Loan Collection of Contemporary British Art

Christopher Wood – Paris Snow Scene

The Loan Collection of Contemporary British Art was a touring exhibition that was sent out to areas of the Empire to show the progress of British Art. The exhibition toured Australia and New Zealand in 1934.

Below is the text from the exhibition booklet, along with paintings from the exhibition. I think it is important to look at what was exhibited and presented to the world via the Art Exhibitions Bureau.

Philip Connard – The Abbey Ruins

Over five years ago the idea was conceived of bringing outlying
communities of the British Empire into closer touch with “a greater
field of Art” than they, in their isolated positions, could hope for.

William Roberts – The Chess Players

Apart from the many excellent exhibitions of “Fine Art” provided from time to time by commercial enterprise, we, in these distant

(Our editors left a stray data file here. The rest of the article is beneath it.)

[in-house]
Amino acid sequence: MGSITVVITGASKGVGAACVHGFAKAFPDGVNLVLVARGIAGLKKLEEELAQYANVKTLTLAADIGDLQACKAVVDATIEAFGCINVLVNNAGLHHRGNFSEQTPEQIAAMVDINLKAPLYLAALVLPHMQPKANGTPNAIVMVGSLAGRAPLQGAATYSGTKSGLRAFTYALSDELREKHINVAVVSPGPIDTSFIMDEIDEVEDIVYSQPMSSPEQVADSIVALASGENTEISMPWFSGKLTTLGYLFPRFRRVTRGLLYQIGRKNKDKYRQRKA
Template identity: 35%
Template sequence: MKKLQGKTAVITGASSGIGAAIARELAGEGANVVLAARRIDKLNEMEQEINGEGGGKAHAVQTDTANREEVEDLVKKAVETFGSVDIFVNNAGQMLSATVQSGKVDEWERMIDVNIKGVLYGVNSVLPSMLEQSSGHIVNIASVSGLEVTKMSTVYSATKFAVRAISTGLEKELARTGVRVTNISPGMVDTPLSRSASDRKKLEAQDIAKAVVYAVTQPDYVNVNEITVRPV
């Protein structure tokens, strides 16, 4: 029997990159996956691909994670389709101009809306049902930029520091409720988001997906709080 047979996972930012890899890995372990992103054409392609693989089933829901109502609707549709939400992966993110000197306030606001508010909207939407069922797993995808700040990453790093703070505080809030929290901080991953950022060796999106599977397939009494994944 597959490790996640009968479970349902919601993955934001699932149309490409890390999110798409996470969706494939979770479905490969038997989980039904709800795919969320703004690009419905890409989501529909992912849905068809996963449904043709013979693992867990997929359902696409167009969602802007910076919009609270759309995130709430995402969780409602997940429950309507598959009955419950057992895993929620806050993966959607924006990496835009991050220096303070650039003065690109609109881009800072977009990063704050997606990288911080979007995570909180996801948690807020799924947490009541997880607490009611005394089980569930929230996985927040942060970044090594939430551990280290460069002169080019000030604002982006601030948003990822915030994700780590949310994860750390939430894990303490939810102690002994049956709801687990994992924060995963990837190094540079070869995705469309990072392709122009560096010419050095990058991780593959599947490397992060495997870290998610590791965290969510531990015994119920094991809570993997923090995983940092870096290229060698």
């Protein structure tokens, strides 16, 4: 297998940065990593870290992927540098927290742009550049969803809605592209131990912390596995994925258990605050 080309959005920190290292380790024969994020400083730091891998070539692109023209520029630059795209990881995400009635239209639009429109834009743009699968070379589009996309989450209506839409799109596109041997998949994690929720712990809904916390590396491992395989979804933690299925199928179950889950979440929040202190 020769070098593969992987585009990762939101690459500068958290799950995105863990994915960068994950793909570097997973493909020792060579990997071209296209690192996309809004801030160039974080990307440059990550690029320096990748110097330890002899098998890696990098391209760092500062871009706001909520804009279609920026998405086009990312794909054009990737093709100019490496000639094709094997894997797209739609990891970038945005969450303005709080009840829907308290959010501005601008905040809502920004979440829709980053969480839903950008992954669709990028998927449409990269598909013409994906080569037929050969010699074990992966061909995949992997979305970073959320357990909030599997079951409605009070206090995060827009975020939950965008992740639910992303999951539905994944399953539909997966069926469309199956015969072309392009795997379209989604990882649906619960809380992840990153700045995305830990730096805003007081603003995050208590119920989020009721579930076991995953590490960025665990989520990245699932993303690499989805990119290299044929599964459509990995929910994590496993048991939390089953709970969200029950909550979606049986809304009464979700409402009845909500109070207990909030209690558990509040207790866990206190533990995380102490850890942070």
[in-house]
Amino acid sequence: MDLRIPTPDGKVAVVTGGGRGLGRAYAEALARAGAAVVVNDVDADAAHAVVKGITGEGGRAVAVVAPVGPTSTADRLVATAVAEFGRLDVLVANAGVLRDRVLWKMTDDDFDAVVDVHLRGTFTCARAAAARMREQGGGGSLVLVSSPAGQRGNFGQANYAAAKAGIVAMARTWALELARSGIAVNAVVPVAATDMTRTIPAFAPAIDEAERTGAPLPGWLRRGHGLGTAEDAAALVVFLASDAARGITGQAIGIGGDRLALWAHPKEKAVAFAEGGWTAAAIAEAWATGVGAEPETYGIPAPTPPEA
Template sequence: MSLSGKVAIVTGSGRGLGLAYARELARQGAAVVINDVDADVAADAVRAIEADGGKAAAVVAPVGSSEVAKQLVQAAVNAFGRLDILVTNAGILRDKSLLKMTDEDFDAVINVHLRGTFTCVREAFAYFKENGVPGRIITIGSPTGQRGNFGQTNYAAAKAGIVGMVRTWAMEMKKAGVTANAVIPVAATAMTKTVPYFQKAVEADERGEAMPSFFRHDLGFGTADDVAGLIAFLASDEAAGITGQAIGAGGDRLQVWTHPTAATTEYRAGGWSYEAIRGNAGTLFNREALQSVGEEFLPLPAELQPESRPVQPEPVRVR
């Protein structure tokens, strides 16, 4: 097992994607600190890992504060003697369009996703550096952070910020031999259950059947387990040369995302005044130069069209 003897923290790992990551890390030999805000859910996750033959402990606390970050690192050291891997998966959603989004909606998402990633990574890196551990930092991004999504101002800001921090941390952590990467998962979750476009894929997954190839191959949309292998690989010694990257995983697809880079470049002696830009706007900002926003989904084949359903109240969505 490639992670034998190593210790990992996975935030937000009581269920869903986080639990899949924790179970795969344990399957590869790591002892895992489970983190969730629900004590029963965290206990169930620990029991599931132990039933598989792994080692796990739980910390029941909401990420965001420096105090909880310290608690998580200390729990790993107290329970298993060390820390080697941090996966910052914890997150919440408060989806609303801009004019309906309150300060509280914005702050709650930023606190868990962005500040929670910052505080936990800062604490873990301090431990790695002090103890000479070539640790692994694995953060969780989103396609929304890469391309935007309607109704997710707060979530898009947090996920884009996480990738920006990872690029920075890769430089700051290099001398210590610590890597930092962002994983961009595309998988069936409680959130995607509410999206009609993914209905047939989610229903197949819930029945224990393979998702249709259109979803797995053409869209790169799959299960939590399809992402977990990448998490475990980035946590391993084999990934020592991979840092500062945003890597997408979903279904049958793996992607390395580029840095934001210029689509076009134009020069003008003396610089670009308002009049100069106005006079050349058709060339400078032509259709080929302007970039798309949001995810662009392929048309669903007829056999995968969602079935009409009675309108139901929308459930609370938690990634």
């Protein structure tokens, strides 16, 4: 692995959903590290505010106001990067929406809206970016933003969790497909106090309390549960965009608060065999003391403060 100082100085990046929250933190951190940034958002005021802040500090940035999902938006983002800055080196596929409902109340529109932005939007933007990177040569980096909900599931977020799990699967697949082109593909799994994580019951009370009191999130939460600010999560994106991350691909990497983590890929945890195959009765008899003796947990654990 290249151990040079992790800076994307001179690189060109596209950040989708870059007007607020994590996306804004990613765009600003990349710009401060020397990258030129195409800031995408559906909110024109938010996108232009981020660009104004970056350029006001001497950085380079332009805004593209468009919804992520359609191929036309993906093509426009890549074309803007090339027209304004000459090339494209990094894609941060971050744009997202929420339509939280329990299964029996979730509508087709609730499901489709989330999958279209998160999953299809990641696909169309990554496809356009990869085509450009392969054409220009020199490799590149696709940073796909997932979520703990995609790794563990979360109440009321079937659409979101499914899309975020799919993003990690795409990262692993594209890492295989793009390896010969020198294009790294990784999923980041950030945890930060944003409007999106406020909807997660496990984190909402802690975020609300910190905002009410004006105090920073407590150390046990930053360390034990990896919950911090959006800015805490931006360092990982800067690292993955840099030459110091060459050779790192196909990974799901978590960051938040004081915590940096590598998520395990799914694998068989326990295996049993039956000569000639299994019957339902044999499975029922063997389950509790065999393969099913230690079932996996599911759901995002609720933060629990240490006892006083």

parts, have been, and are debarred from the pleasure of seeing and
studying those Great Works which find their homes in Public Galleries
and Private Collections of the old world.

William Nicholson – A Bloomsbury Family (His brother in law)

Impressed with the great number of surplus works in Galleries
in Great Britain which might be made available, as also the hope that
National pictures might be available on loan, and the fact that
there were many public spirited private owners and Trustees of
Galleries who would welcome the opportunity to loan their treasures
for view throughout the Empire, the sympathetic support of men high
up in the Art world at Home was enlisted, and through the able and
untiring devotion of Mr. J. B. Manson, Director of the Tate Gallery,
Mr. Ernest Marsh and Mr. C. R. Chisman, the Empire Art Loan Collections Society was formed .

Ambrose McEvoy – The Green Hat, a portrait of Mrs Claude Johnson, 1918

The names of the original members of the General Committee are sufficient guarantee that the idea struck a note which appealed to those responsible for the promotion of Art in Great Britain, and that it is being pushed with vigour against considerable handicaps.

Gerald Leslie Brockhurst – Portrait of James McBey